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  • moosefromoz moosefromoz Nov 1, 2012 8:29 PM Flag

    USEC to likely shutter Paducah uranium enrichment plant in 2013

    USEC to likely shutter Paducah uranium enrichment plant in 2013

    Washington (Platts)--1Nov2012/1149 am EDT/1549 GMT

    After fighting to continue operations at its Paducah, Kentucky, uranium enrichment plant earlier this year, USEC said Thursday it would likely cease enrichment operations there in May 2013 and rely on sales of Russian-sourced fuel and current inventories to meet its contracts until the company's troubled Advanced Centrifuge plant comes online in several years.

    "We had hoped to continue enriching at Paducah as we build out the American Centrifuge plant, however, delays in the deployment of ACP, and current market conditions have meant that we expect there to be a transition period of several years until the ACP is in commercial operations," said USEC president John Welch.

    "During this period we would no longer be enriching uranium at Paducah, but instead would make sales from our existing inventory and future purchases through our supply agreement with Russia," he said during a call with investors Thursday.

    USEC in May inked a deal with the US Department of Energy, Energy Northwest and the Tennessee Valley Authority to keep its Paducah plant open, and its 1,000 workers employed, for one year. Under the deal, DOE transferred title to over 9,000 st of depleted uranium to Energy Northwest, which contracted USEC to enrich it to low enriched uranium for use in Energy Northwest and TVA reactors.

    Welch said that while USEC would continue to look for ways to keep the plant open, the Paducah enrichment facility is inefficient compared with its competitors, and along with slacker demand from shuttered nuclear plants in Japan and Germany, the plant cannot therefore compete.

    When the current deal ends next year, USEC said it would be able to meet its contracts with supplies on hand and through a contract to buy low-enriched uranium from Russia through 2022.

    "We are in the process of developing protocols and delivery mechanisms for this transitional supply arrangement with Tenex. The amount we will purchase from Russia will ramp up in volumes over a couple years," said Philip Sewell, the senior vice president for ACP and Russian highly enriched uranium.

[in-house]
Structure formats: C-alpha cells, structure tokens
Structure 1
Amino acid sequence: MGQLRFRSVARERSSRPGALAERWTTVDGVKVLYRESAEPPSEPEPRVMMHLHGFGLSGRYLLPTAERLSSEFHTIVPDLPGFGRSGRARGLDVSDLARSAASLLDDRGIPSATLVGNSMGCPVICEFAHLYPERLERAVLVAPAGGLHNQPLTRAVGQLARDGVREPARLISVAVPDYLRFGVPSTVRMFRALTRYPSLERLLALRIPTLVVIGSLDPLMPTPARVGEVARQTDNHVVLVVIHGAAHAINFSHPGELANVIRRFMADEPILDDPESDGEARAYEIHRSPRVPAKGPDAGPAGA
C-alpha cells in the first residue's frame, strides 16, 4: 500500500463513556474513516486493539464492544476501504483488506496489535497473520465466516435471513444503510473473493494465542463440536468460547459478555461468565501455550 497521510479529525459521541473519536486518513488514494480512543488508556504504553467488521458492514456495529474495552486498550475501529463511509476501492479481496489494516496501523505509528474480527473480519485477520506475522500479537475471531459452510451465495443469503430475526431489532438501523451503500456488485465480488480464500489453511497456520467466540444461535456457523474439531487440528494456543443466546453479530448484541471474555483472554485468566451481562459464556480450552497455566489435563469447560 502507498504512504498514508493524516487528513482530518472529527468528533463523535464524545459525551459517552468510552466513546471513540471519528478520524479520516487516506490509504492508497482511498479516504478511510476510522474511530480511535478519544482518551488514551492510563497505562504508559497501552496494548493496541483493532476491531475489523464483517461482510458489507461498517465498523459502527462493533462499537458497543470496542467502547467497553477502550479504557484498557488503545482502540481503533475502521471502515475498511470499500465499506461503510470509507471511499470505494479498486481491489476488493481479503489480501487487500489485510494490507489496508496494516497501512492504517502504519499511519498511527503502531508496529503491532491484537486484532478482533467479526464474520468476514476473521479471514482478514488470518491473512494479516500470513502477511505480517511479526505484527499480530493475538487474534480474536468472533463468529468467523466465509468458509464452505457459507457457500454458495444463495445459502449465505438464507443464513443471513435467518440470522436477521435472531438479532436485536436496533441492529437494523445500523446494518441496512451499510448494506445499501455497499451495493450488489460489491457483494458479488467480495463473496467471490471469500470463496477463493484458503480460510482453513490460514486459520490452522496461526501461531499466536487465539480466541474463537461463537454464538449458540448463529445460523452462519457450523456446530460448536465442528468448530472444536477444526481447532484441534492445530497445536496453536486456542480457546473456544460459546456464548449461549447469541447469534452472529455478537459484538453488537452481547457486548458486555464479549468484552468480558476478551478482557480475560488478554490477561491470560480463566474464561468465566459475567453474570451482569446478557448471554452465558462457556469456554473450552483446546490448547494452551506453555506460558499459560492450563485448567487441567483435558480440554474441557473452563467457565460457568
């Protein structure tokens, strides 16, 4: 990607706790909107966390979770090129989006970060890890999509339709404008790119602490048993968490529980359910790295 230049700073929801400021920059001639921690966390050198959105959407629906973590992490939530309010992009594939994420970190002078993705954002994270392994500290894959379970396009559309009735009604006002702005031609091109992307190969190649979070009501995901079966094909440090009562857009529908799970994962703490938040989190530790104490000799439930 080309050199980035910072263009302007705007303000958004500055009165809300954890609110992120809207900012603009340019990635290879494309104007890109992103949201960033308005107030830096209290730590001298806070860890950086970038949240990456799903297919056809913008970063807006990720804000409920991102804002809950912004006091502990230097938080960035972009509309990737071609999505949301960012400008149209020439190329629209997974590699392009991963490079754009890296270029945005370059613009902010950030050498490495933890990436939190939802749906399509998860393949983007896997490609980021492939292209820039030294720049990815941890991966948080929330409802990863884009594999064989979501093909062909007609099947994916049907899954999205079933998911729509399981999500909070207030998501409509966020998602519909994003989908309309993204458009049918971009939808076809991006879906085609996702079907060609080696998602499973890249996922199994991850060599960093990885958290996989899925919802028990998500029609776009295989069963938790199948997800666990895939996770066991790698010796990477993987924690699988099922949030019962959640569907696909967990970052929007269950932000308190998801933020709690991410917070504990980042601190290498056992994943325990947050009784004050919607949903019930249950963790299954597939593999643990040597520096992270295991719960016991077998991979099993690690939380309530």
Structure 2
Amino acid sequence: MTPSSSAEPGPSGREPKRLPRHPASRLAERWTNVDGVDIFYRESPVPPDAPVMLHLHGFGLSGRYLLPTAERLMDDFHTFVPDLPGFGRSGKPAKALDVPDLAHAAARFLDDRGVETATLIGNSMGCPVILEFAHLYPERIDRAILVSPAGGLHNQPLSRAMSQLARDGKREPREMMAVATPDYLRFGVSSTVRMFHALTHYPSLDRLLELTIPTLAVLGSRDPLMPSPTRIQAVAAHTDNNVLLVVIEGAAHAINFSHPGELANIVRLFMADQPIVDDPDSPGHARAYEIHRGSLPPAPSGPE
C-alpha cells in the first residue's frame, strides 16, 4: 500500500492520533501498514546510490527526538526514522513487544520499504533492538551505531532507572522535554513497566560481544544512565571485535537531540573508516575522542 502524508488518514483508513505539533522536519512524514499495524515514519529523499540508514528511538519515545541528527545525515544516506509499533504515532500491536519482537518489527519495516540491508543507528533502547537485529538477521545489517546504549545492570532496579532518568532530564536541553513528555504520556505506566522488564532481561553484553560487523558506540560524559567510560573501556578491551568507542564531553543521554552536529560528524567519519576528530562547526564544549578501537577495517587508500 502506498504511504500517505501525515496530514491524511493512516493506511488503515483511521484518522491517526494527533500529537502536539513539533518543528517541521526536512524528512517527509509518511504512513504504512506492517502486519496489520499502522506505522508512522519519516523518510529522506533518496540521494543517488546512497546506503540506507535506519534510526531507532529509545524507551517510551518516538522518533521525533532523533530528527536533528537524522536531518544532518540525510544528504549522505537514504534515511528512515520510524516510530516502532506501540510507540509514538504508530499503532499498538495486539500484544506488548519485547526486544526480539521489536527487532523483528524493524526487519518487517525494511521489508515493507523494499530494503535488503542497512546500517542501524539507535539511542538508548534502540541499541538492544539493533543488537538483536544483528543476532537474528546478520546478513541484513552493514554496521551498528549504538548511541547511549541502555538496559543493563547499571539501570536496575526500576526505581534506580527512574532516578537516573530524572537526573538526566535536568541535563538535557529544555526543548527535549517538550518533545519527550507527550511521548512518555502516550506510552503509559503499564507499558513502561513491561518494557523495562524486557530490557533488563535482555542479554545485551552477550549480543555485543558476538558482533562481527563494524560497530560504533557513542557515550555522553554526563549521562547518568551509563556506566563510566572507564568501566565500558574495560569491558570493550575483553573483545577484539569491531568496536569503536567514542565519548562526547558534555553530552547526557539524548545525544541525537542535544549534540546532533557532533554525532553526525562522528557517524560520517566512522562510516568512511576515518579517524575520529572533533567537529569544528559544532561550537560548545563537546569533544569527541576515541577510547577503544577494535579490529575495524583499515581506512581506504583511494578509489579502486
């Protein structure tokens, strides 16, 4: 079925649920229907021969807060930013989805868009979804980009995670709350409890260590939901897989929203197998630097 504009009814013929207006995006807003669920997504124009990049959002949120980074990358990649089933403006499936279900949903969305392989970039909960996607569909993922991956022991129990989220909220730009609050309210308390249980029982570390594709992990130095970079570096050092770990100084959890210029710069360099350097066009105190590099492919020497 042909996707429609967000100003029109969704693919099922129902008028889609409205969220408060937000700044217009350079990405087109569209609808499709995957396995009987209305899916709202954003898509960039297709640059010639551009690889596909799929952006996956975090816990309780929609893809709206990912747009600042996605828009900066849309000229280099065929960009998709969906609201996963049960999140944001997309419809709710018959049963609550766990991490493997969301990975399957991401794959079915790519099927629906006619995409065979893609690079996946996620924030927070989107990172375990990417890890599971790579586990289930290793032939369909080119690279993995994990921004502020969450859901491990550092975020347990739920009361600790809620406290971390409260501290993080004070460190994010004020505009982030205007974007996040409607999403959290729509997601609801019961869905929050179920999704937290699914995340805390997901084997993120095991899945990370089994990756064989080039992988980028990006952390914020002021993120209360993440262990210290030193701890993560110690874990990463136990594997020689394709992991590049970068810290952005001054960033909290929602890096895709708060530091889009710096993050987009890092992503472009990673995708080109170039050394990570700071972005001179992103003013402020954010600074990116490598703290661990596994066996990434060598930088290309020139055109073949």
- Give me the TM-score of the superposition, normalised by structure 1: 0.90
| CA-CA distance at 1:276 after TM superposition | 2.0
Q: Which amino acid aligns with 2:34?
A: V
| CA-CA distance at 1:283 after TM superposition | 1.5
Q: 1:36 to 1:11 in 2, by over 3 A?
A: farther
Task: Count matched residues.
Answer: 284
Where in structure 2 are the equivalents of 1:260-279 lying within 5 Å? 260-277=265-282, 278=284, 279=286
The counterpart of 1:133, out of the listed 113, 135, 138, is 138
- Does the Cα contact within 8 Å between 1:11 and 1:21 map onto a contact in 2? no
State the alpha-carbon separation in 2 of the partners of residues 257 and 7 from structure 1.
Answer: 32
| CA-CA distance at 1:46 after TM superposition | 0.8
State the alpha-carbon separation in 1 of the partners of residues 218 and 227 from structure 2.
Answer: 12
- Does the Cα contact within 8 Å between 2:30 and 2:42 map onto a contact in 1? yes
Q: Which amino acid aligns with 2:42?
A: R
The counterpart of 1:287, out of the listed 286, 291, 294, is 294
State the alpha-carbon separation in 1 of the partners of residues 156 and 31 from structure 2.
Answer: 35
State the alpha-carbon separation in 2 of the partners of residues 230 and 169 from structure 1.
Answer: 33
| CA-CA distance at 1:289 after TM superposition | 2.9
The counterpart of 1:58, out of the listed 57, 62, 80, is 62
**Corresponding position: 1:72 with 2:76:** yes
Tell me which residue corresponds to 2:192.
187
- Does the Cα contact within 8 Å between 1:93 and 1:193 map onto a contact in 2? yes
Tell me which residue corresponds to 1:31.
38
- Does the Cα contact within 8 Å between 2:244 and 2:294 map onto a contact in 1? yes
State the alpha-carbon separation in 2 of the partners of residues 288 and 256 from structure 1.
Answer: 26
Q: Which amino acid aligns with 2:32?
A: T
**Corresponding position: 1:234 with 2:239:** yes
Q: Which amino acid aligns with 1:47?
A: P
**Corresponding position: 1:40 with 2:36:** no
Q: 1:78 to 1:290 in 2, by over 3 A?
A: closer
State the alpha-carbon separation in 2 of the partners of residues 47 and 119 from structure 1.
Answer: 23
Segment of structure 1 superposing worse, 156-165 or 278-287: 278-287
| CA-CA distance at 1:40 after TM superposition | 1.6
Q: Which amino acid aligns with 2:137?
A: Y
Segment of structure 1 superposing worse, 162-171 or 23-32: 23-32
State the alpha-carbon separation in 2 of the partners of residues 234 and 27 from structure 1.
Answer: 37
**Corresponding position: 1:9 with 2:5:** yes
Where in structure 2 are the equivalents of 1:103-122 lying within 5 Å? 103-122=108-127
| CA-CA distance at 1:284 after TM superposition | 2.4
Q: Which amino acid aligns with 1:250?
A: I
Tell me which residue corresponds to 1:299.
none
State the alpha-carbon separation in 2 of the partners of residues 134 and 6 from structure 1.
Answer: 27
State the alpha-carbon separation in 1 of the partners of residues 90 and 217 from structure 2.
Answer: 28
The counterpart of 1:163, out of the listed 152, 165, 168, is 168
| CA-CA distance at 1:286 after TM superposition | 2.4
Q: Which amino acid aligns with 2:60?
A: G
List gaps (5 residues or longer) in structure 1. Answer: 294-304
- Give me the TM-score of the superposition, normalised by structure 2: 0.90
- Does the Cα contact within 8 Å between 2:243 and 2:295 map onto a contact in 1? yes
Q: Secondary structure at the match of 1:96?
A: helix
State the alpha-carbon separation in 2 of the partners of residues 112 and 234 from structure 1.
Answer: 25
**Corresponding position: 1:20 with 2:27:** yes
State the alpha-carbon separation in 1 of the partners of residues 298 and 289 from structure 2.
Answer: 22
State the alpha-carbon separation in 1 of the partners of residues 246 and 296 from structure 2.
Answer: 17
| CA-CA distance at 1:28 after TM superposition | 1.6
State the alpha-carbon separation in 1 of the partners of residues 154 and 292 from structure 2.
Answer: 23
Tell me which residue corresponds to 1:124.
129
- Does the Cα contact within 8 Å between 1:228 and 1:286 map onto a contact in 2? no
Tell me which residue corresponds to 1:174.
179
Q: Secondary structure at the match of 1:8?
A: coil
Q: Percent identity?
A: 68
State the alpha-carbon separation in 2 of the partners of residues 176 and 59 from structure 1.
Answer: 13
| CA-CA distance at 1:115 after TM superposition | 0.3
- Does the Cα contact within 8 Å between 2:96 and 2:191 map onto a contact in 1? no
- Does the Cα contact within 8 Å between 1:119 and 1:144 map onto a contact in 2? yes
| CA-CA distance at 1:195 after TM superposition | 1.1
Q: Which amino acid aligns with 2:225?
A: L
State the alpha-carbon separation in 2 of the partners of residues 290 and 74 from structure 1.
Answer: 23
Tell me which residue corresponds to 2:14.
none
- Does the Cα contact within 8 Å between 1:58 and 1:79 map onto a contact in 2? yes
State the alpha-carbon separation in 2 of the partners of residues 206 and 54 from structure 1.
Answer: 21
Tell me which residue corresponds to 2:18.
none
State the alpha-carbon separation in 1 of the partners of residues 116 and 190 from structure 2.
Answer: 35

Sewell added that USEC would have an option to buy additional supplies from Russia if demand increases. If the options are used, USEC will be buying about 5.5 million separative work units (SWU) from Russia, he said, about the same level as today under a program that expires in 2013.

    While USEC said the use of Russian-sourced fuel and current inventories would allow it to bridge between the shutdown of Paducah and the opening of the American Centrifuge plant in Piketon, Ohio, that project's future is far from assured. Currently, the company is reliant on DOE for research and development funding to help prove the project.

    USEC has applied for a $2 billion loan guarantee from DOE, but the agency has said the advanced centrifuge technology has not yet been proven. DOE has given USEC several hundred million dollars in funding to help do that, and the company said it hopes to have a new loan guarantee application ready for the department in 2013.

    Both the Paducah and Piketon plant have attracted political controversy, as US lawmakers from Kentucky pressed to keep the Paducah plant open, and US House of Representatives Speaker John Boehner pushed DOE to approve a loan guarantee for the American Centrifuge plant.

    But the company has struggled financially, with commitments of $280 million this year from DOE for the ACP allowing the project to stay afloat, and critics in Congress have charged the project is a boondoggle.